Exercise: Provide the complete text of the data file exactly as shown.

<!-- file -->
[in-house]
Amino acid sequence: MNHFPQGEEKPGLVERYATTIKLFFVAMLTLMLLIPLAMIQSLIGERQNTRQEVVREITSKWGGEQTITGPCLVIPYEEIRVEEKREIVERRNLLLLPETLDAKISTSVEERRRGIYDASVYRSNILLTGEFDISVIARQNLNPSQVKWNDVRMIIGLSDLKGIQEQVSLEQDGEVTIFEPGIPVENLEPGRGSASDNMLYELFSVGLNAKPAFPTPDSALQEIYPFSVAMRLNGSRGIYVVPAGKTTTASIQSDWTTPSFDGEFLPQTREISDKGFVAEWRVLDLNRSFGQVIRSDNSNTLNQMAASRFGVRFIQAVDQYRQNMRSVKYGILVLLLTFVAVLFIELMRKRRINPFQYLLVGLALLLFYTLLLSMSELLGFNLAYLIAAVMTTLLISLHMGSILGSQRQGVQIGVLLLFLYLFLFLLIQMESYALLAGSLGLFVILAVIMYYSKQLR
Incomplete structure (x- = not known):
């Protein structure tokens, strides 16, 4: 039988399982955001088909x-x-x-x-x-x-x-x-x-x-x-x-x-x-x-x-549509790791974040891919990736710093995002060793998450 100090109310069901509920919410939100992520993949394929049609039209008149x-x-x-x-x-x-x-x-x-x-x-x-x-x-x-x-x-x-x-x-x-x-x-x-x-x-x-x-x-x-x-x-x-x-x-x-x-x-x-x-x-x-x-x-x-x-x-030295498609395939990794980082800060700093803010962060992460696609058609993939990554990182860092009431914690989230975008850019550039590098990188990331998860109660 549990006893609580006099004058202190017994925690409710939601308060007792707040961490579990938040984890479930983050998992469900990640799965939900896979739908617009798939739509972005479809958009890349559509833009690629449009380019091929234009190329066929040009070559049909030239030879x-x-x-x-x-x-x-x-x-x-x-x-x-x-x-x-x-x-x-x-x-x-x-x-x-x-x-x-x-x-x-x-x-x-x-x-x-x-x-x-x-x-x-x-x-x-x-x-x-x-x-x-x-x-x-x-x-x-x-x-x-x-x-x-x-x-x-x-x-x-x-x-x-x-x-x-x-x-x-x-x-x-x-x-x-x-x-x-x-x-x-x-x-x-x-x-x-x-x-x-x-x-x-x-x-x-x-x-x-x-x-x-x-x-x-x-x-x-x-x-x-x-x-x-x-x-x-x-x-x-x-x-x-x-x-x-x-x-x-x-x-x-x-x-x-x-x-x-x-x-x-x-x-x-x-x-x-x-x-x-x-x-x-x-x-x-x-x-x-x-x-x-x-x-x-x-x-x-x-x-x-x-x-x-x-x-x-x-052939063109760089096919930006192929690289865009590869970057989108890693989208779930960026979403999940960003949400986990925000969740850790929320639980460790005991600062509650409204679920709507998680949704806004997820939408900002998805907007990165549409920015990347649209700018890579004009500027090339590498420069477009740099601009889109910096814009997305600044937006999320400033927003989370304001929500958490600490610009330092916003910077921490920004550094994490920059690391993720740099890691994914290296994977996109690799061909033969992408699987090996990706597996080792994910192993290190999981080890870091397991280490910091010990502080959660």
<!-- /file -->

[in-house]
Amino acid sequence: MNHFPQGEEKPGLVERYATTIKLFFVAMLTLMLLIPLAMIQSLIGERQNTRQEVVREITSKWGGEQTITGPCLVIPYEEIRVEEKREIVERRNLLLLPETLDAKISTSVEERRRGIYDASVYRSNILLTGEFDISVIARQNLNPSQVKWNDVRMIIGLSDLKGIQEQVSLEQDGEVTIFEPGIPVENLEPGRGSASDNMLYELFSVGLNAKPAFPTPDSALQEIYPFSVAMRLNGSRGIYVVPAGKTTTASIQSDWTTPSFDGEFLPQTREISDKGFVAEWRVLDLNRSFGQVIRSDNSNTLNQMAASRFGVRFIQAVDQYRQNMRSVKYGILVLLLTFVAVLFIELMRKRRINPFQYLLVGLALLLFYTLLLSMSELLGFNLAYLIAAVMTTLLISLHMGSILGSQRQGVQIGVLLLFLYLFLFLLIQMESYALLAGSLGLFVILAVIMYYSKQLR
Incomplete structure (x- = not known):
């Protein structure tokens, strides 16, 4: 039988399982955001088909x-x-x-x-x-x-x-x-x-x-x-x-x-x-x-x-549509790791974040891919990736710093995002060793998450 100090109310069901509920919410939100992520993949394929049609039209008149x-x-x-x-x-x-x-x-x-x-x-x-x-x-x-x-x-x-x-x-x-x-x-x-x-x-x-x-x-x-x-x-x-x-x-x-x-x-x-x-x-x-x-x-x-x-x-030295498609395939990794980082800060700093803010962060992460696609058609993939990554990182860092009431914690989230975008850019550039590098990188990331998860109660 549990006893609580006099004058202190017994925690409710939601308060007792707040961490579990938040984890479930983050998992469900990640799965939900896979739908617009798939739509972005479809958009890349559509833009690629449009380019091929234009190329066929040009070559049909030239030879x-x-x-x-x-x-x-x-x-x-x-x-x-x-x-x-x-x-x-x-x-x-x-x-x-x-x-x-x-x-x-x-x-x-x-x-x-x-x-x-x-x-x-x-x-x-x-x-x-x-x-x-x-x-x-x-x-x-x-x-x-x-x-x-x-x-x-x-x-x-x-x-x-x-x-x-x-x-x-x-x-x-x-x-x-x-x-x-x-x-x-x-x-x-x-x-x-x-x-x-x-x-x-x-x-x-x-x-x-x-x-x-x-x-x-x-x-x-x-x-x-x-x-x-x-x-x-x-x-x-x-x-x-x-x-x-x-x-x-x-x-x-x-x-x-x-x-x-x-x-x-x-x-x-x-x-x-x-x-x-x-x-x-x-x-x-x-x-x-x-x-x-x-x-x-x-x-x-x-x-x-x-x-x-x-x-x-x-052939063109760089096919930006192929690289865009590869970057989108890693989208779930960026979403999940960003949400986990925000969740850790929320639980460790005991600062509650409204679920709507998680949704806004997820939408900002998805907007990165549409920015990347649209700018890579004009500027090339590498420069477009740099601009889109910096814009997305600044937006999320400033927003989370304001929500958490600490610009330092916003910077921490920004550094994490920059690391993720740099890691994914290296994977996109690799061909033969992408699987090996990706597996080792994910192993290190999981080890870091397991280490910091010990502080959660």